Show simple item record

dc.contributor.authorKershenbaum, Anne
dc.contributor.authorCardinal, Rudolf
dc.contributor.authorChen, Shanquan
dc.contributor.authorUnderwood, Benjamin
dc.contributor.authorSeyedsalehi, Aida
dc.contributor.authorLewis, Jonathan
dc.contributor.authorRubinsztein, Judy Sasha
dc.date.accessioned2020-11-21T00:31:07Z
dc.date.available2020-11-21T00:31:07Z
dc.date.issued2021-04
dc.identifier.issn0885-6230
dc.identifier.urihttps://www.repository.cam.ac.uk/handle/1810/313191
dc.description.abstractOBJECTIVES: Previous studies have shown increased rates of death and dementia in older people in specific serious mental illnesses (SMI) such as bipolar disorder or depression. We examined the rates of death and dementia in older people referred into a secondary care psychiatric service across a range of SMIs. METHODS: We used an anonymised dataset across 6 consecutive years with 28,340 patients aged 65 years and older from a single secondary care psychiatric trust in the United Kingdom. We identified deaths and incident dementia in patients with bipolar disorder/mania, schizophrenia, recurrent depression and anxiety disorders. We compared mortality and dementia rates between these diagnostic groups and in different treatment settings. We also examined mortality rates and dementia rates compared with general population rates. RESULTS: Patients with schizophrenia showed the highest hazard rate for death compared to other groups with SMIs (hazard ratio, 1.58; 95% confidence interval (CI), 1.18-2.1, with anxiety group the reference). Survival was reduced in patients referred to liaison psychiatry services. There were no significant differences between the SMI groups in terms of rates of dementia. However, risks of death and dementia were significantly increased compared to the general population (standardized mortality rates with 95% CI, 2.6(2.0-3.3), 3.5(2.6-4.5), 2.5(2.0-3.0) and 1.8 (1.4-2.2) and standardized dementia incidence rates with 95% CI, 2.7(1.5-4.1), 2.9(1.5-4.7), 3.8(2.6-5.2) and 4.3 (3.0-5.7) for bipolar disorder/mania, schizophrenia, recurrent depression and anxiety disorders respectively. CONCLUSIONS: Older adults referred into an old age psychiatry service show higher rates of dementia and death than those reported for the general population.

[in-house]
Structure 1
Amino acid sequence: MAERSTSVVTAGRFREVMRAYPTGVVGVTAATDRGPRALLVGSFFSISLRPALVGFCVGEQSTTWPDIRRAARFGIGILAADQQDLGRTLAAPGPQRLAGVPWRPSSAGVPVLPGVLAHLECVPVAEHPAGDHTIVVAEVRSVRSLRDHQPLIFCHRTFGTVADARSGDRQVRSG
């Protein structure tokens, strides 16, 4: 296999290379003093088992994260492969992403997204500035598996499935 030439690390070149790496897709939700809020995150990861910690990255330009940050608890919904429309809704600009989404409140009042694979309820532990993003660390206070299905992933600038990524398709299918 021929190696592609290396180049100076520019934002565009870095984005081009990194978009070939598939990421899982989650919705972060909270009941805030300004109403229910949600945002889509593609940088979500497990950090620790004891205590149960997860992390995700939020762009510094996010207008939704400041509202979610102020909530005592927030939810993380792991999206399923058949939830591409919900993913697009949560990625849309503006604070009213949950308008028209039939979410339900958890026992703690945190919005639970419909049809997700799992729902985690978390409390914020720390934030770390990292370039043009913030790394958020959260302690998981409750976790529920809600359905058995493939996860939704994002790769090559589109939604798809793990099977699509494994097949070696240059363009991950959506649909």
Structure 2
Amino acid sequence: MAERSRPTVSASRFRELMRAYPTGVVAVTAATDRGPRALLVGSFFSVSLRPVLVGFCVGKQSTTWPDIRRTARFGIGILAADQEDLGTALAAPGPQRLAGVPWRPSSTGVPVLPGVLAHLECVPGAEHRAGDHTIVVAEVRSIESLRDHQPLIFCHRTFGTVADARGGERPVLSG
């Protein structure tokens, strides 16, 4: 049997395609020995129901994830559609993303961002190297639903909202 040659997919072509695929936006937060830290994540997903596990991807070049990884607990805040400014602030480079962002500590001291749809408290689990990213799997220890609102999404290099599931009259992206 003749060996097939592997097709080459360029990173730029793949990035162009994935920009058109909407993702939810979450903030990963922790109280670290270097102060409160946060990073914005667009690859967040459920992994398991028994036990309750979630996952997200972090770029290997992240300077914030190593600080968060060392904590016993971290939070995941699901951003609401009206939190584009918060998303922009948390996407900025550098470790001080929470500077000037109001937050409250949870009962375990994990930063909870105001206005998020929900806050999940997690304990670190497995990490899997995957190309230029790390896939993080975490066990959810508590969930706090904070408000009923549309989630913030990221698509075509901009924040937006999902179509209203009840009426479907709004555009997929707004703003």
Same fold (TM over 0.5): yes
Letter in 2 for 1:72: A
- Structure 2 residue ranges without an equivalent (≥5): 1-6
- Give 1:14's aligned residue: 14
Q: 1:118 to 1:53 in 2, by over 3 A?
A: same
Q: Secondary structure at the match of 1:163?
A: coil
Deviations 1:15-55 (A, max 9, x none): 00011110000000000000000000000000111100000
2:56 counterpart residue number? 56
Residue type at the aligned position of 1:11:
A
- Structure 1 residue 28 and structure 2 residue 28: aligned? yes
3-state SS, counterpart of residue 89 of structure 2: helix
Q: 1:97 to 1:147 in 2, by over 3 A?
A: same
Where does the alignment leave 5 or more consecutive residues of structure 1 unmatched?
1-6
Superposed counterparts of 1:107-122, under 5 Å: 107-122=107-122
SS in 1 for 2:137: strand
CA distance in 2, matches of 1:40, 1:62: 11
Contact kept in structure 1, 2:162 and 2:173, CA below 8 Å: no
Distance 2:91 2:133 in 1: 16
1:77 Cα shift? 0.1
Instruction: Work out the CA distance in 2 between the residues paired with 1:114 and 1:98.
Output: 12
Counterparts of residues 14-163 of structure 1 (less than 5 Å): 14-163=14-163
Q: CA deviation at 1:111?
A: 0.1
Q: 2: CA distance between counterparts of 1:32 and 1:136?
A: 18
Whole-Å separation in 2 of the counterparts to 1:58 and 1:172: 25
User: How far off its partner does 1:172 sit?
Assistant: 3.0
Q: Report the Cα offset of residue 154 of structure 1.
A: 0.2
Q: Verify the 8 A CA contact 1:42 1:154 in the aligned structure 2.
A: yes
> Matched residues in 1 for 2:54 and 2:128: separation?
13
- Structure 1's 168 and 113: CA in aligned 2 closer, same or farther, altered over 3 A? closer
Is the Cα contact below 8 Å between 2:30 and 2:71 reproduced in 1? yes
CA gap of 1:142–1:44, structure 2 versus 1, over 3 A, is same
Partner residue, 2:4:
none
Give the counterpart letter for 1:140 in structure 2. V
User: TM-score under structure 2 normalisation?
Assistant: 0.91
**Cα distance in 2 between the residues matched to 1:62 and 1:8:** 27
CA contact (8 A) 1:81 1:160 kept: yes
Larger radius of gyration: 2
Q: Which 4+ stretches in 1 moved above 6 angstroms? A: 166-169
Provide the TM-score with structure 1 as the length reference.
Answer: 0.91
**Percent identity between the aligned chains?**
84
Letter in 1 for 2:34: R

dc.format.mediumPrint-Electronic
dc.languageeng
dc.publisherWiley
dc.rightsAttribution 4.0 International
dc.rights.urihttps://creativecommons.org/licenses/by/4.0/
dc.subjectHumans
dc.subjectDementia
dc.subjectBipolar Disorder
dc.subjectMental Health Services
dc.subjectAged
dc.subjectAged, 80 and over
dc.subjectSecondary Care
dc.subjectUnited Kingdom
dc.titleInvestigation of risk of dementia diagnosis and death in patients in older people's secondary care mental health services.
dc.typeArticle
prism.endingPage582
prism.issueIdentifier4
prism.publicationDate2021
prism.publicationNameInt J Geriatr Psychiatry
prism.startingPage573
prism.volume36
dc.identifier.doi10.17863/CAM.60296
dcterms.dateAccepted2020-10-18
rioxxterms.versionofrecord10.1002/gps.5455
rioxxterms.versionVoR
rioxxterms.licenseref.urihttp://www.rioxx.net/licenses/all-rights-reserved
rioxxterms.licenseref.startdate2021-04
dc.contributor.orcidKershenbaum, Anne [0000-0001-9811-5866]
dc.contributor.orcidCardinal, Rudolf [0000-0002-8751-5167]
dc.contributor.orcidChen, Shanquan [0000-0002-4724-4892]
dc.contributor.orcidUnderwood, Benjamin [0000-0003-3427-9487]
dc.contributor.orcidSeyedsalehi, Aida [0000-0002-3949-2386]
dc.identifier.eissn1099-1166
rioxxterms.typeJournal Article/Review
pubs.funder-project-idMedical Research Council (MC_PC_17213)
cam.issuedOnline2020-11-04


Files in this item

Thumbnail

This item appears in the following Collection(s)

Show simple item record

Attribution 4.0 International
Except where otherwise noted, this item's licence is described as Attribution 4.0 International